Disrupting Healthcare


In his classic 1997 book The Innovator’s Dilemma, Harvard Business School Professor, Clayton Christensen introduced to the world the concept of Disruptive Innovation. As Christensen defined it, Disruptive Innovation has several key components two of which include 1) being an innovation whose impact is so far reaching that the ultimate outcome could not be predicted at the outset and 2) the current market leaders initially do not embrace the innovation nor its value until they loose so much revenue, market share or both, that they can not survive without significant restructuring, loss of the their market leadership position or worse.

Applied to healthcare then, why are so many people in the health sector using the term disruptive innovation to apply to things that may be substantial, but truly only represent incremental advances, at best? A healthcare system that relies on technology to enable providers to make more accurate or enable faster decision making, is by definition, not disruptive, but it is faster and more accurate. Is faster and more accurate important? Absolutely! Will it result in saving additional lives and reduced suffering? Indeed!! While extremely important, neither of these improvements are, of themselves or taken together…disruptive. Why, because it is unlikely that either one of these will lead to significant changes in the way healthcare markets and business models currently work. It may may make them more efficient, lead to improved revenues and possibly even lower costs and improve access to care. All of which are exceedingly important. None of which are disruptive.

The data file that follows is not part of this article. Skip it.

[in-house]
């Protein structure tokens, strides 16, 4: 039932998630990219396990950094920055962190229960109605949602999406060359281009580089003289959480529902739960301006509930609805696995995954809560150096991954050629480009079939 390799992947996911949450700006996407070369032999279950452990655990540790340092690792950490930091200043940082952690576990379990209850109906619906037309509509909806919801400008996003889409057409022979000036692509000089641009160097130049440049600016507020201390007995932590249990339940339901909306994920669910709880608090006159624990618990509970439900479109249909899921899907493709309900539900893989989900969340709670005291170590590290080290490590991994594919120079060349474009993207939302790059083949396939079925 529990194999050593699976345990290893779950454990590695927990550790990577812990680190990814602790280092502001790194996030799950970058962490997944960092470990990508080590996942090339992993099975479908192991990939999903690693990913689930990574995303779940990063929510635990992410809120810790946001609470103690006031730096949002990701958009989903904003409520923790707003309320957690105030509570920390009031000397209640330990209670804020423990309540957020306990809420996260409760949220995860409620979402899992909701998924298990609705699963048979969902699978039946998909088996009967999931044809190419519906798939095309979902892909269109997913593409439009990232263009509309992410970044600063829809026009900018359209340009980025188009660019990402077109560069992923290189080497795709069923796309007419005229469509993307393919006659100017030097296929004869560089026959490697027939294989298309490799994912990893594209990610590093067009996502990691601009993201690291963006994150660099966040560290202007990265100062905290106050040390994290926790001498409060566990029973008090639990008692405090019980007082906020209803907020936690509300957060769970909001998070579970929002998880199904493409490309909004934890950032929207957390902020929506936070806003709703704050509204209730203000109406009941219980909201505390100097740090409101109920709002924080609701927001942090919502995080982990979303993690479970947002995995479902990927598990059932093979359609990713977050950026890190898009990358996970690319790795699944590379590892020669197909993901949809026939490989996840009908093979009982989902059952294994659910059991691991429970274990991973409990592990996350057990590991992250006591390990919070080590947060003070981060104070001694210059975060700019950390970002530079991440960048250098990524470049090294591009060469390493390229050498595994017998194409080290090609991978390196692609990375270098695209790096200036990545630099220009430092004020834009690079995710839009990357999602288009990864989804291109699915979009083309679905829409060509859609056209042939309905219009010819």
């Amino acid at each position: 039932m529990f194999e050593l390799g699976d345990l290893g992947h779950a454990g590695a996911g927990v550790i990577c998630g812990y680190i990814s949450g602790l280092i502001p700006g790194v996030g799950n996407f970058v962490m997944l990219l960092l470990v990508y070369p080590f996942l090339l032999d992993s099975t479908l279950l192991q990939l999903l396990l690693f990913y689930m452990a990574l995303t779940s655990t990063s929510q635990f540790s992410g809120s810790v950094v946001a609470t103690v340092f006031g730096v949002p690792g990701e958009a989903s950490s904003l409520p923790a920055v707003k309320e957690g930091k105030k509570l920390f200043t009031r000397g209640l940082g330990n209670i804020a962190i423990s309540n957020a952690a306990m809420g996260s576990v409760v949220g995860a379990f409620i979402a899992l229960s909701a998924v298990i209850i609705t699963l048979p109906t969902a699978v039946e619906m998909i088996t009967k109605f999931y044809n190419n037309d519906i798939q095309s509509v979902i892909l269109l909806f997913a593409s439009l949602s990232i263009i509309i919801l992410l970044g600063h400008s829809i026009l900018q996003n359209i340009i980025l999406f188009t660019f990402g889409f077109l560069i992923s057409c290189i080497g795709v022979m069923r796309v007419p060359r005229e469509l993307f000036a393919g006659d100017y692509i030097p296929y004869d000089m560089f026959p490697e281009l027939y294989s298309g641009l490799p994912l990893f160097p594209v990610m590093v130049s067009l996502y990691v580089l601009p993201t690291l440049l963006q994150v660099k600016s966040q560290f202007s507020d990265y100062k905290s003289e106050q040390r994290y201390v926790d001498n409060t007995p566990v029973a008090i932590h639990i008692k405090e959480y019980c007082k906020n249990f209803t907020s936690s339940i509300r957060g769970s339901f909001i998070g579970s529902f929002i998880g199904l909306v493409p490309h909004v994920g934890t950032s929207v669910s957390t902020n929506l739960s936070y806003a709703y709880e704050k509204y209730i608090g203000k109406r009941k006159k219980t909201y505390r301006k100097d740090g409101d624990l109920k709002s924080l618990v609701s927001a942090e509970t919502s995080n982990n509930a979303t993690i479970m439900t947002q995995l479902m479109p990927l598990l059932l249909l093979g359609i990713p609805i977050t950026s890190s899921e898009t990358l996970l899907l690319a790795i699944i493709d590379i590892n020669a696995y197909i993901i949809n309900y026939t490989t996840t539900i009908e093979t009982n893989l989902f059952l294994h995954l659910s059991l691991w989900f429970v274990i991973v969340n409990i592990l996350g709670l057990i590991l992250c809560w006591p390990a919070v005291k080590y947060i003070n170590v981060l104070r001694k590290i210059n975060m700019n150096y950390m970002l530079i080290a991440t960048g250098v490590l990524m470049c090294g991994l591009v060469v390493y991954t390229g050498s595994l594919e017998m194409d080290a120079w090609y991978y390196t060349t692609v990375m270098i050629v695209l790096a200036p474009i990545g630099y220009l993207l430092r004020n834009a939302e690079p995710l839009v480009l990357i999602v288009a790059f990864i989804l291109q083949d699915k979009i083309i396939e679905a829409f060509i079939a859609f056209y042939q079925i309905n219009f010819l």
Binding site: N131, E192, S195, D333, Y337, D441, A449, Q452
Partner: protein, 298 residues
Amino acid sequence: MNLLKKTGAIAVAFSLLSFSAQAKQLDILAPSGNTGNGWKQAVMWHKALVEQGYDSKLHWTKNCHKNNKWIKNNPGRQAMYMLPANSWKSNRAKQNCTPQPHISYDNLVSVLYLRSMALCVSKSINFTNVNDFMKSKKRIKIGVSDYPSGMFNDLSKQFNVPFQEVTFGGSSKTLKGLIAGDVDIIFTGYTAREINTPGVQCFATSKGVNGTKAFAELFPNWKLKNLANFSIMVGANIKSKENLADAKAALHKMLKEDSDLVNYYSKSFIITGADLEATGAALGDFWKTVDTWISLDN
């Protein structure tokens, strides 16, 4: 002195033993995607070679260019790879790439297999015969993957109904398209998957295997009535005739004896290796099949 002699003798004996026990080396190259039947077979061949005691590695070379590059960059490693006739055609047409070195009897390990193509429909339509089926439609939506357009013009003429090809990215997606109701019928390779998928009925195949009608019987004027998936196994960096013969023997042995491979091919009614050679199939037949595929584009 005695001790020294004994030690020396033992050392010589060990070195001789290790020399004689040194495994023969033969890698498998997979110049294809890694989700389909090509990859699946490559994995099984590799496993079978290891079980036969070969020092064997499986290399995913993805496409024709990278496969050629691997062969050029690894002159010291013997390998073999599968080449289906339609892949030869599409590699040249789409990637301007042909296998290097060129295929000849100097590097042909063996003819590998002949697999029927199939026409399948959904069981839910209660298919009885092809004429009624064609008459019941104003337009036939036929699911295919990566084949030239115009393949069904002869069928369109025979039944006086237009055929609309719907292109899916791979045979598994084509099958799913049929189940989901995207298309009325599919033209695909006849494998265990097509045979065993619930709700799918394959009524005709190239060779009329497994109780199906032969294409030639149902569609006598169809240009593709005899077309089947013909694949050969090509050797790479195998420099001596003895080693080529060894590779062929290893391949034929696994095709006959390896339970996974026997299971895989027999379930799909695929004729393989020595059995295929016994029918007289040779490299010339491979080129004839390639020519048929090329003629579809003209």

Because none of us can predict the future, it is impossible for us to know today, which solutions will become truly disruptive in healthcare tomorrow. What we can do though is examine solutions for their impact or potential impact on healthcare markets and business models. By doing this we can make informed decisions about which solutions are likely to be truly disruptive and therefore have the most significant future value.

In the coming weeks and months we will share examples and insights about solutions we believe to be truly disruptive in the health sector.  Some of the examples may surprise you or you may even disagree. That is fine and we would love to hear your thoughts about what I share. In the end though, we hope you are challenged to think deeply about how healthcare needs to be disrupted, so that you can be the first to seize new business opportunities or you can be the one that otherwise helps the US achieve its national health goals.

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